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Why Athletes Should Train In The Off-Season: Part 1 - Combat Detraining

Start Next Season At The Top Of Your Game

Combat Detraining

Athletes work very hard during pre-season practice and during the season to gain strength, agility, and cardiovascular endurance. Strength training, sprinting drills, suicides, dribbling drills, passing drills, there are endless ways coaches train athletes to be excellent.  For most athletes, the sport season lasts about 3 months; for really athletic people the other ¾ of the year is spent on travel teams or participating in other sports.


For athletes that are in school, the summer is usually time off to catch up on sleep and take a much needed break. This rest time is important, it helps you recover lost sleep which is essential for your stressed out brain to get a break. Catching up on sleep also helps your muscles recover and gives restoration to your brain-body connection to help you re-set for your next big challenge. But resting for too long can undo all the good progress you made during the season.

You made excellent gains this year, you can lift more, run faster, run longer, and cut around your opponents with ease. How long does it take to lose those skills? How long does it take for you to lose running speed? After 6 weeks on the couch and 2 weeks on the beach, will you still be able to crush a mile in under 7 minutes? The answer, probably not.

After about 2 weeks of rest, you start to lose strength, agility, and endurance. The initial losses aren’t devastating, but the longer you rest, the more you lose. If you take a full 8 week break, you may spend half of next season working to get back to level you were at when you finished the last season. That may mean you’re slower during tryouts and you don’t make varsity. That may mean the difference between starting and sitting the bench.

If you want to keep your strengths so you can start building on them on day 1 of the next season, training in the off-season if the path you want to take. If you train the right way in the off season, you can perfectly supplement your in-season training to make sure you get the rest you need, improve your strength and agility, prevent injuries from happening, and start your next season sprinting like you never took a day off.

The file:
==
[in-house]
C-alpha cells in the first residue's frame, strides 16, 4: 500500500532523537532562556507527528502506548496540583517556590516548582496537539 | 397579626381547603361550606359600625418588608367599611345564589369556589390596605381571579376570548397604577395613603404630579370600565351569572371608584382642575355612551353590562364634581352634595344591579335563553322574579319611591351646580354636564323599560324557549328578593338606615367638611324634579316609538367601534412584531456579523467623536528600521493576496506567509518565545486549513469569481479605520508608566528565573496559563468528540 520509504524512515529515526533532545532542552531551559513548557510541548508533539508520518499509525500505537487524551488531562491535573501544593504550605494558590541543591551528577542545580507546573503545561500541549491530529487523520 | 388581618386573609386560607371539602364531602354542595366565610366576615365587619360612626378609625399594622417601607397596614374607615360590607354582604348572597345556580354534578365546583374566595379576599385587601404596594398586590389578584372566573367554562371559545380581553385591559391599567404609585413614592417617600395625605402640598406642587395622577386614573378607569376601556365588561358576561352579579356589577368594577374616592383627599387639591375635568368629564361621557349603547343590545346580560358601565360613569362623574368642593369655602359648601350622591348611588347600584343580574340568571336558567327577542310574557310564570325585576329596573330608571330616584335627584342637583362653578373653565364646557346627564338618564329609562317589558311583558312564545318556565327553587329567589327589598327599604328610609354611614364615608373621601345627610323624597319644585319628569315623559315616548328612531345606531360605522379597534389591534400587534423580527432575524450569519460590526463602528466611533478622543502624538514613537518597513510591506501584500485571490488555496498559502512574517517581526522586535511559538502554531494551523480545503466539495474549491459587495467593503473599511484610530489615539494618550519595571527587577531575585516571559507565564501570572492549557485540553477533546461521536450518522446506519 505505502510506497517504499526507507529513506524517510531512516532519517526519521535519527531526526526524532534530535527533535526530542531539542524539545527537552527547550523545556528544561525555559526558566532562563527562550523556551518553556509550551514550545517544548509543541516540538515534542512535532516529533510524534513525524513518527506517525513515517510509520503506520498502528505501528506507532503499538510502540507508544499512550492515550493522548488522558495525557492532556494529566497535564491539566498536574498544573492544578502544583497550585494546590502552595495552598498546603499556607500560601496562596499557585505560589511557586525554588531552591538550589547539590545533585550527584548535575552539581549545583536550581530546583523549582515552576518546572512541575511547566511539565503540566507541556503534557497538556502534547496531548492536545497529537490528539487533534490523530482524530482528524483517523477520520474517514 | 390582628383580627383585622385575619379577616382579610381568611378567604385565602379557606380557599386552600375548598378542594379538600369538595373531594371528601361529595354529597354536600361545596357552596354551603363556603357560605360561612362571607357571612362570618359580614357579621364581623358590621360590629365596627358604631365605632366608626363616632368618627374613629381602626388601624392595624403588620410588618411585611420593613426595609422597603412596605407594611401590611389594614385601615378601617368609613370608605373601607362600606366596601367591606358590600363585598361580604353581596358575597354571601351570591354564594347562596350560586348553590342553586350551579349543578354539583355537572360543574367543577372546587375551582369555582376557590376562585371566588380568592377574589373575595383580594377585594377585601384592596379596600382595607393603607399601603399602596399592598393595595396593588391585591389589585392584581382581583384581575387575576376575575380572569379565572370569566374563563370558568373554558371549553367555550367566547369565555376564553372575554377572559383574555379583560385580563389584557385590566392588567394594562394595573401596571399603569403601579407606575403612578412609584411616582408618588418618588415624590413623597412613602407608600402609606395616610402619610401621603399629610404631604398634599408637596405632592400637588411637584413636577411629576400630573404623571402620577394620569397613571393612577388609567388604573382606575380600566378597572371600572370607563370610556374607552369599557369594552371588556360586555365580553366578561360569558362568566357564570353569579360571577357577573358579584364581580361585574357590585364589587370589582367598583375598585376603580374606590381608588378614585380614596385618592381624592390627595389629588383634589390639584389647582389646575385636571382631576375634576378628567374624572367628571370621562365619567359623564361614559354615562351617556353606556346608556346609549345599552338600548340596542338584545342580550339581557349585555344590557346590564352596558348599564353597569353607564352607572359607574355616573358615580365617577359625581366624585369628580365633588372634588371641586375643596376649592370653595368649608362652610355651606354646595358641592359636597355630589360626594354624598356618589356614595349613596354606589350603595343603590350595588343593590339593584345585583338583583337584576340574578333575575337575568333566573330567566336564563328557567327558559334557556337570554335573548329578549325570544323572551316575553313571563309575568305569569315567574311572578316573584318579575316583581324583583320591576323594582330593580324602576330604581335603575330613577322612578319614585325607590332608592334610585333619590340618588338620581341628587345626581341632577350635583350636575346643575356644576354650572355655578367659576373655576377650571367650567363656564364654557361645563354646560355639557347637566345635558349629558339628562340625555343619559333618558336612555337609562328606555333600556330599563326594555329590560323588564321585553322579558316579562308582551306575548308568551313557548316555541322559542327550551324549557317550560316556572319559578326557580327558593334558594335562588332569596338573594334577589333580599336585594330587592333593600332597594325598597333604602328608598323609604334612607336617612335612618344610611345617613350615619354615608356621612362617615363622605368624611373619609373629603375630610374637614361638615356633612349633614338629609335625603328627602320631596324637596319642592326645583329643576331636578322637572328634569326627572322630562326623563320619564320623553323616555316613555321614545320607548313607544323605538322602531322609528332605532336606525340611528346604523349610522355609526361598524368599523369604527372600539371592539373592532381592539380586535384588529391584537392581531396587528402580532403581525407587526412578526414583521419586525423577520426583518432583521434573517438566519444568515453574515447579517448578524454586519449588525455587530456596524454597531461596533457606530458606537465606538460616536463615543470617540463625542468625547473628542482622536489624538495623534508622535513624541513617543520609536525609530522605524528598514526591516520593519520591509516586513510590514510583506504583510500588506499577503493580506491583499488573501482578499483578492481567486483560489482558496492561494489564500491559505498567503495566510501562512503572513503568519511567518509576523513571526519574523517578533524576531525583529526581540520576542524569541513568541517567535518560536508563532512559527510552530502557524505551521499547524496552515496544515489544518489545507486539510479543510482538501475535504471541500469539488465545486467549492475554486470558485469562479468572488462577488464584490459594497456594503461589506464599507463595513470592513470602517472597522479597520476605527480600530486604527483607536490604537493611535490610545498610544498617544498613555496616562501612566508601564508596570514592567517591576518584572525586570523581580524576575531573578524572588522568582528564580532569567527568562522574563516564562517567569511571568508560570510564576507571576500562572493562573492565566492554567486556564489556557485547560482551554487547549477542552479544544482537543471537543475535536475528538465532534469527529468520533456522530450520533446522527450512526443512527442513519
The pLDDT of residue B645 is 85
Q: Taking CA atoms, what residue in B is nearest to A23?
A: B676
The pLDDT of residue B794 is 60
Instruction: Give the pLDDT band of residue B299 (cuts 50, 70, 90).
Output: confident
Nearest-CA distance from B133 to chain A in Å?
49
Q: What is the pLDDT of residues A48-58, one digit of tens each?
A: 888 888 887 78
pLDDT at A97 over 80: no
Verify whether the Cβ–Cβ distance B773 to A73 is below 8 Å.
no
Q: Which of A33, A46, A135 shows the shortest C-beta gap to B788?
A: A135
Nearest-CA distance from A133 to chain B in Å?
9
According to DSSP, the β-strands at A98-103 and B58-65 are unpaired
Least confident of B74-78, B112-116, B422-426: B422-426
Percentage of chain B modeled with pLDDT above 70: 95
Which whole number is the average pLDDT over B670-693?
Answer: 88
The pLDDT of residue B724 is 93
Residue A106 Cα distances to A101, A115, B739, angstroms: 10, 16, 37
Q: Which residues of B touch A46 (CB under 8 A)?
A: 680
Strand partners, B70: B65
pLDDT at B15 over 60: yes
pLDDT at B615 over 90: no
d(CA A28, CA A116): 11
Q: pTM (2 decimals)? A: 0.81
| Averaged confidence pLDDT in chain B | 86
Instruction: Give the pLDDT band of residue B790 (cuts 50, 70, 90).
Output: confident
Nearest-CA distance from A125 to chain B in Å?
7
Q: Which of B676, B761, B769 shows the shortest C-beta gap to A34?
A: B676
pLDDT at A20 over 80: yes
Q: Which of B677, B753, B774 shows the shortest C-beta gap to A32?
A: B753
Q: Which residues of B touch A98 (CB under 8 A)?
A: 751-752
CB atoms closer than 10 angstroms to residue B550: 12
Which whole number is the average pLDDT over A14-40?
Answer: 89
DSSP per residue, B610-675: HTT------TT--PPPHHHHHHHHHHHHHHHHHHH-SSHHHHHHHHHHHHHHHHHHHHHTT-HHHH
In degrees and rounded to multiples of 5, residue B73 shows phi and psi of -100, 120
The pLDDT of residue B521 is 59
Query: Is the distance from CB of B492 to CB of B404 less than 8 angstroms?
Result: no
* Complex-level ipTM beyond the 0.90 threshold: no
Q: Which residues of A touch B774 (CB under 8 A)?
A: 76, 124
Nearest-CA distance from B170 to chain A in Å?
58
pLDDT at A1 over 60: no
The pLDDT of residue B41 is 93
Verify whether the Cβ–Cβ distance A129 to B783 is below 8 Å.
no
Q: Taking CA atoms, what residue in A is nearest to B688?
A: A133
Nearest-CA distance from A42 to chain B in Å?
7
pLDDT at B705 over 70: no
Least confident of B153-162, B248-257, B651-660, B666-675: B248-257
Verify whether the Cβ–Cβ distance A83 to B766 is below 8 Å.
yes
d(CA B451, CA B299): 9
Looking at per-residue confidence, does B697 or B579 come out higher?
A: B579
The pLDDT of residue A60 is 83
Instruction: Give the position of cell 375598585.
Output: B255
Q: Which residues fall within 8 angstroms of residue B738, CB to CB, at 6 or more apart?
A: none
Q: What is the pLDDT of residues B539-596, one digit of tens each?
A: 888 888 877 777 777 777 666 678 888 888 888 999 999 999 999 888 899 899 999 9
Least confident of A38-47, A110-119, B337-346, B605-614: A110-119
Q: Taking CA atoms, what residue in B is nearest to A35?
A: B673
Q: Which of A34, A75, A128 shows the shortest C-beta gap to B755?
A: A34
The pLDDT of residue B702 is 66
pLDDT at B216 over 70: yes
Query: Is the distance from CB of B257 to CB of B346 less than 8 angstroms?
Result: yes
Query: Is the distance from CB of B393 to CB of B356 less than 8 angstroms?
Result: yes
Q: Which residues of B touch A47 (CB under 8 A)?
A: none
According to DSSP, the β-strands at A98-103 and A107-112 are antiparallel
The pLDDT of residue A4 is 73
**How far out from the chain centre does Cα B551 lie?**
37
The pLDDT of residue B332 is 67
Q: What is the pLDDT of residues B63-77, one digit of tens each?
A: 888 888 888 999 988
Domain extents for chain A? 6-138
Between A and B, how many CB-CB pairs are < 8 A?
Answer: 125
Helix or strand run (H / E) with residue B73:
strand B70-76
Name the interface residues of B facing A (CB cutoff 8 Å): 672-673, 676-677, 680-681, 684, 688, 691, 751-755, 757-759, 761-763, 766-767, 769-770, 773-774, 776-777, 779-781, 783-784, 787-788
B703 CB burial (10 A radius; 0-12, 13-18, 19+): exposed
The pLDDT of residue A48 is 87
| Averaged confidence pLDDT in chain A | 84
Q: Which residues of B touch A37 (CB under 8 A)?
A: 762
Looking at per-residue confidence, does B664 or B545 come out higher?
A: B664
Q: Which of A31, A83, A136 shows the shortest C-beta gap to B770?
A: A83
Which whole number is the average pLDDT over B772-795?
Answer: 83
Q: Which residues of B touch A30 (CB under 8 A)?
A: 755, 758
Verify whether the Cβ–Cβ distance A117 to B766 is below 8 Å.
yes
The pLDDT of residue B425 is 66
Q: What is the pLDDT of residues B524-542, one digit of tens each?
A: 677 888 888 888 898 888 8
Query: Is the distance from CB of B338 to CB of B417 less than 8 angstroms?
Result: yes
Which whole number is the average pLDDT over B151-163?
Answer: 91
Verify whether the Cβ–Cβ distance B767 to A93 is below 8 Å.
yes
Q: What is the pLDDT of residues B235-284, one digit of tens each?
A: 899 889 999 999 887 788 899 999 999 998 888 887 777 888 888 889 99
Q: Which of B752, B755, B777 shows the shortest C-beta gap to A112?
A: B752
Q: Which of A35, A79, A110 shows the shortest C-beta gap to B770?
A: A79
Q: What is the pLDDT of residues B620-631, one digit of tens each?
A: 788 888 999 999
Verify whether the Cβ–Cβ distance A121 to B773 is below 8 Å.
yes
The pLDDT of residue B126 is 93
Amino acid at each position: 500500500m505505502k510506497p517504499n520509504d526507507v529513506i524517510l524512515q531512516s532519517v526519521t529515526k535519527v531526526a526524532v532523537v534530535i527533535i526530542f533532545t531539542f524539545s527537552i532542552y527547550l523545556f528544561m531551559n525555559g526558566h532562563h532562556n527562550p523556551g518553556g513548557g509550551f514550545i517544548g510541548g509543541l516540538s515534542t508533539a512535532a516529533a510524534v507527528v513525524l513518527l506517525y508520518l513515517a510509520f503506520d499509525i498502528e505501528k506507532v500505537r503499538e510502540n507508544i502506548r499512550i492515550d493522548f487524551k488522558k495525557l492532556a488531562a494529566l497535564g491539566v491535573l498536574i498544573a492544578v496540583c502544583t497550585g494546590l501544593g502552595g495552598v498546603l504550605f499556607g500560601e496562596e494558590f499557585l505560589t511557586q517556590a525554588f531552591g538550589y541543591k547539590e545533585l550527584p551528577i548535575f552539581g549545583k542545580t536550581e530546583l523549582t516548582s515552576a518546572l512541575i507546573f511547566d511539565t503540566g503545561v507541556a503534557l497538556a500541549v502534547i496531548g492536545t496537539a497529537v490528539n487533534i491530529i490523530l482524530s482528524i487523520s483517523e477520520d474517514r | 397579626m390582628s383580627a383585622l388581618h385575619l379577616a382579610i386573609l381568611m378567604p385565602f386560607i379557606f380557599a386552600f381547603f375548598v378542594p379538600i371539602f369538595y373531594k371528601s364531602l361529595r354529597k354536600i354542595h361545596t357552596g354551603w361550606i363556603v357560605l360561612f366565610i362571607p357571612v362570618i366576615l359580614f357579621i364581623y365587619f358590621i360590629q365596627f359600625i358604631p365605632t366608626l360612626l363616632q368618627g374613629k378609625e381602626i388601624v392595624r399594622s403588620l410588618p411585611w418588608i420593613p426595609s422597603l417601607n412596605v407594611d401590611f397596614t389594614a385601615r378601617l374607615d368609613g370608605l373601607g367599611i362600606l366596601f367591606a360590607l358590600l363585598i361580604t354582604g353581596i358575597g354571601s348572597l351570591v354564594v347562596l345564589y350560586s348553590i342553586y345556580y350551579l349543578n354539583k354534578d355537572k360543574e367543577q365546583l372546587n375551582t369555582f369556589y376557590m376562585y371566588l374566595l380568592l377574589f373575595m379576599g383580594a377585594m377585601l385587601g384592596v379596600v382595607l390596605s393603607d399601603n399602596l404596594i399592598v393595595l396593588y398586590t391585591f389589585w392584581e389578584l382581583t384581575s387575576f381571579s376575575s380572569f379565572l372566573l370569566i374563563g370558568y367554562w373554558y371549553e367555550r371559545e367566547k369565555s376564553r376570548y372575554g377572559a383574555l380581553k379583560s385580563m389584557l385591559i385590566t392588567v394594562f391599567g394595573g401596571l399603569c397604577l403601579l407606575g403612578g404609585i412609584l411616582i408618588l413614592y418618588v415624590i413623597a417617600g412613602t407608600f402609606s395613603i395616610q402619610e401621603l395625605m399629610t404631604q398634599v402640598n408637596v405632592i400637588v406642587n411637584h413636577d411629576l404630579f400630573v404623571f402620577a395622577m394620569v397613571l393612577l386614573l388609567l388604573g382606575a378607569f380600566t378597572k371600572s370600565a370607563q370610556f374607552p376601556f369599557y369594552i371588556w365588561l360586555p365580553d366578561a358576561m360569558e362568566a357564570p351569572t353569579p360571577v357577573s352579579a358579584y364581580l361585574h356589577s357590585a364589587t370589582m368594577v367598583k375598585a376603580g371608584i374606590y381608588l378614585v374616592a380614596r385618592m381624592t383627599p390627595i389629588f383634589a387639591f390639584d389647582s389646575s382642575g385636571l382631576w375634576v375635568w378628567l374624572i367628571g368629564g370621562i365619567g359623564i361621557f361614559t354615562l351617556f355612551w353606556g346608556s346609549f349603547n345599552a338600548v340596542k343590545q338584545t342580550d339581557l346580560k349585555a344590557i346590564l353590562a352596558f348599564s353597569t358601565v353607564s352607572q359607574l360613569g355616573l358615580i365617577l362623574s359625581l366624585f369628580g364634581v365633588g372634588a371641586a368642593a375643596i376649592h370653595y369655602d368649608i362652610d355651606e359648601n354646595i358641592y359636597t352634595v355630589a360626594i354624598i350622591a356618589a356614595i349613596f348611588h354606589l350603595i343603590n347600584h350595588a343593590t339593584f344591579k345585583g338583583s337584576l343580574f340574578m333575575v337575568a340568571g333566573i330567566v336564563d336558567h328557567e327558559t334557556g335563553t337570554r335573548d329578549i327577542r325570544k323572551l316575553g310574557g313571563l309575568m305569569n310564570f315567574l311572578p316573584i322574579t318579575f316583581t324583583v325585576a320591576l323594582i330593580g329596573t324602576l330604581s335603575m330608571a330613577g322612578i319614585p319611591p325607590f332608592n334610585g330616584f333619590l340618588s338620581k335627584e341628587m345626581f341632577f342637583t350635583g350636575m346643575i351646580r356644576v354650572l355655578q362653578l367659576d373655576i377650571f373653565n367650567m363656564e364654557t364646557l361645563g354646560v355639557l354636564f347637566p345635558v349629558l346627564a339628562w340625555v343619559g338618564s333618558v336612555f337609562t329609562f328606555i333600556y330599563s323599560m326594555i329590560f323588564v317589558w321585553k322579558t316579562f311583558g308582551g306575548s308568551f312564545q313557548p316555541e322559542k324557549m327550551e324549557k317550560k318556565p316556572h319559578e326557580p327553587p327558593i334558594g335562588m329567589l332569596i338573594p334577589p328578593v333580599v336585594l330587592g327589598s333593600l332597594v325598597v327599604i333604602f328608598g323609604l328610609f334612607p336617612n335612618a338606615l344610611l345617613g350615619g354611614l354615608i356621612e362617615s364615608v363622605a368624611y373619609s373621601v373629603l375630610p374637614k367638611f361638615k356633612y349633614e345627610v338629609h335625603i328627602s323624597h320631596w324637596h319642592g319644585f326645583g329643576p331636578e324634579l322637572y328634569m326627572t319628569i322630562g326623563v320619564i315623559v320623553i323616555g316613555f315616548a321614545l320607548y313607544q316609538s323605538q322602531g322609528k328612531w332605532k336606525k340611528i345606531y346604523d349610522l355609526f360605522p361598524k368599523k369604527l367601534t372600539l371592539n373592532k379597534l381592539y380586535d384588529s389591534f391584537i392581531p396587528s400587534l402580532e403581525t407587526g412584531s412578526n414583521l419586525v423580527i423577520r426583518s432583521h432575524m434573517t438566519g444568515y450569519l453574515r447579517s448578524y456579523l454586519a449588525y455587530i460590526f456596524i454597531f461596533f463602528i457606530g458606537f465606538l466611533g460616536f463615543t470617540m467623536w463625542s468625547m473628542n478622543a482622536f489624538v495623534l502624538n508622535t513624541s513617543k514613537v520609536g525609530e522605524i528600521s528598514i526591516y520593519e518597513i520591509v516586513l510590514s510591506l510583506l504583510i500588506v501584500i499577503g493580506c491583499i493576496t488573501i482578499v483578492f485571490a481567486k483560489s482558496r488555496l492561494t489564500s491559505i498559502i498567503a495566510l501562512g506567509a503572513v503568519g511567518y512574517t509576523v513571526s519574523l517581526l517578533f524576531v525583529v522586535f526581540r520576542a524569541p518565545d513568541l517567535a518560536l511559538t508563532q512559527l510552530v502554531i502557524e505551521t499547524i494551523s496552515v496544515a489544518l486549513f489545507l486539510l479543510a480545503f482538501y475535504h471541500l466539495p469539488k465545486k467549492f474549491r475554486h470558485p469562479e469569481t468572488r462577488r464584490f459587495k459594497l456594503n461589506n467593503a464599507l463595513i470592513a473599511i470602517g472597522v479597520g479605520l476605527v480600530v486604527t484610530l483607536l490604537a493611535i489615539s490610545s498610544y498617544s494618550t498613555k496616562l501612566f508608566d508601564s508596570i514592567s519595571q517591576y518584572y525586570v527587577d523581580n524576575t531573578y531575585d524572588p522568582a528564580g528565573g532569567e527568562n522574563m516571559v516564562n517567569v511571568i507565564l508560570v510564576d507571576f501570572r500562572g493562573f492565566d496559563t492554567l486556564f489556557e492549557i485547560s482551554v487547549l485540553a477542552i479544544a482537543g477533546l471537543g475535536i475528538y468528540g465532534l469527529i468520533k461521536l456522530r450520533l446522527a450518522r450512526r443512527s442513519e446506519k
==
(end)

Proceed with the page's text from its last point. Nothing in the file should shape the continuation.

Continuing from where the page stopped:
Training in the off season is a great way to make sure you enter the next season in the same condition you were in at the end of last season. But if you train right, you could enter the next season better. You could run into your next practice with more power, agility, and endurance than you had before. In fact, the off-season is the perfect time to make these gains.

There is a common phrase in the world that has universal applications, “if you don’t use it, you lose it!” You can build and train and strive for greatness throughout the pre-season and in-season, but if you quit training in the off-season you will most likely lose your gains. Not only do you lose strength, power, and speed, but your coordination suffers as well; this includes agility and hand-eye coordination. If you wait until pre-season to start training, you will only be playing catch-up to meet last year’s level. Start in the off-season to build a solid base of cardiovascular fitness, muscular endurance, and strength.